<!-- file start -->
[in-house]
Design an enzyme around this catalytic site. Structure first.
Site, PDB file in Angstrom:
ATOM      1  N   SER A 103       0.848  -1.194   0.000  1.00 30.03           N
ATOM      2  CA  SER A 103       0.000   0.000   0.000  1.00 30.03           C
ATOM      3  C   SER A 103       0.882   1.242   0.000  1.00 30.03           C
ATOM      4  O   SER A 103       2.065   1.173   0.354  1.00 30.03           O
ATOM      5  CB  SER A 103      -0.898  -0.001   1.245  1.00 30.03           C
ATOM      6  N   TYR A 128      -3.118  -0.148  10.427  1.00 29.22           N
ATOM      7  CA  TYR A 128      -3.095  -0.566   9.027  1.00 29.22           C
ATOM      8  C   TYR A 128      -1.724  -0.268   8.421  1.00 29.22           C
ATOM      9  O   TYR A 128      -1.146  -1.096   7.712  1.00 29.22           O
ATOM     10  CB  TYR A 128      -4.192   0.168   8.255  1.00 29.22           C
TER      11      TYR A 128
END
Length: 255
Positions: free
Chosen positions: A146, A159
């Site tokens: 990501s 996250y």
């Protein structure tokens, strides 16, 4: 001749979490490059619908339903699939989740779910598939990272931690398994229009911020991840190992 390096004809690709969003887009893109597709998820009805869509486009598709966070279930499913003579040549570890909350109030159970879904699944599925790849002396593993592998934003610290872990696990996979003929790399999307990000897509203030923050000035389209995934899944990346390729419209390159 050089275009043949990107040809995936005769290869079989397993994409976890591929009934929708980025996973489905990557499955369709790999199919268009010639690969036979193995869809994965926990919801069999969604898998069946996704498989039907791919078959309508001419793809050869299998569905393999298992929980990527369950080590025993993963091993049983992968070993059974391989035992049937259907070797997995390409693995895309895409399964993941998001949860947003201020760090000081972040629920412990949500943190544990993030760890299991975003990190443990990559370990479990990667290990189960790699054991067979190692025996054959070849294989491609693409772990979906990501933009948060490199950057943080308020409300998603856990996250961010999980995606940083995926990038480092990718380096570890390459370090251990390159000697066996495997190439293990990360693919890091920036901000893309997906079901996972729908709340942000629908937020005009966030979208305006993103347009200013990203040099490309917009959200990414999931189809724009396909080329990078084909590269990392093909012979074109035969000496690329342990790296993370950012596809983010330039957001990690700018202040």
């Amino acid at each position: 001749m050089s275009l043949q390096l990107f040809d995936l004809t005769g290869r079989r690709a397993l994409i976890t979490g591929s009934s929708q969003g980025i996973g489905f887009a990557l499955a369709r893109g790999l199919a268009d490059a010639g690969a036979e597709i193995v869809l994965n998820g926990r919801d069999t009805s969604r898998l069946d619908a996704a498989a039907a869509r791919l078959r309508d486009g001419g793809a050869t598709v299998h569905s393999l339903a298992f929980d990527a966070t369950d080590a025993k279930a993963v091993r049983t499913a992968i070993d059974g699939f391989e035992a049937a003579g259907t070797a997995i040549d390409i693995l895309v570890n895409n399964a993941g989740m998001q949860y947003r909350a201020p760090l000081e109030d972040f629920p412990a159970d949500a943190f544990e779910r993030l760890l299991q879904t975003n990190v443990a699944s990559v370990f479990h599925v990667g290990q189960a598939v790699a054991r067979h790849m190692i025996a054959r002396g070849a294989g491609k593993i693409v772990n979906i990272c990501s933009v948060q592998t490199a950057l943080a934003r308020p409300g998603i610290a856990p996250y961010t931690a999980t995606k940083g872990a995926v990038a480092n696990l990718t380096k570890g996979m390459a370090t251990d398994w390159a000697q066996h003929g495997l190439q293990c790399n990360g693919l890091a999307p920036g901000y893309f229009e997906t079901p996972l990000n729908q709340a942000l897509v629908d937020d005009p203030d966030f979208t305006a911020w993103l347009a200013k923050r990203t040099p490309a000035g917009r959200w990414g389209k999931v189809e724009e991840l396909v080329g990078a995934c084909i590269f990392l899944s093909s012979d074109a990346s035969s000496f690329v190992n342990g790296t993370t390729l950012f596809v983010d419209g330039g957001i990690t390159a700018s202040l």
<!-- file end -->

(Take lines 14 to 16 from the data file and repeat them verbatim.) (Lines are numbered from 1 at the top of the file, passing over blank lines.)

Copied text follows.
TER      11      TYR A 128
END
Length: 255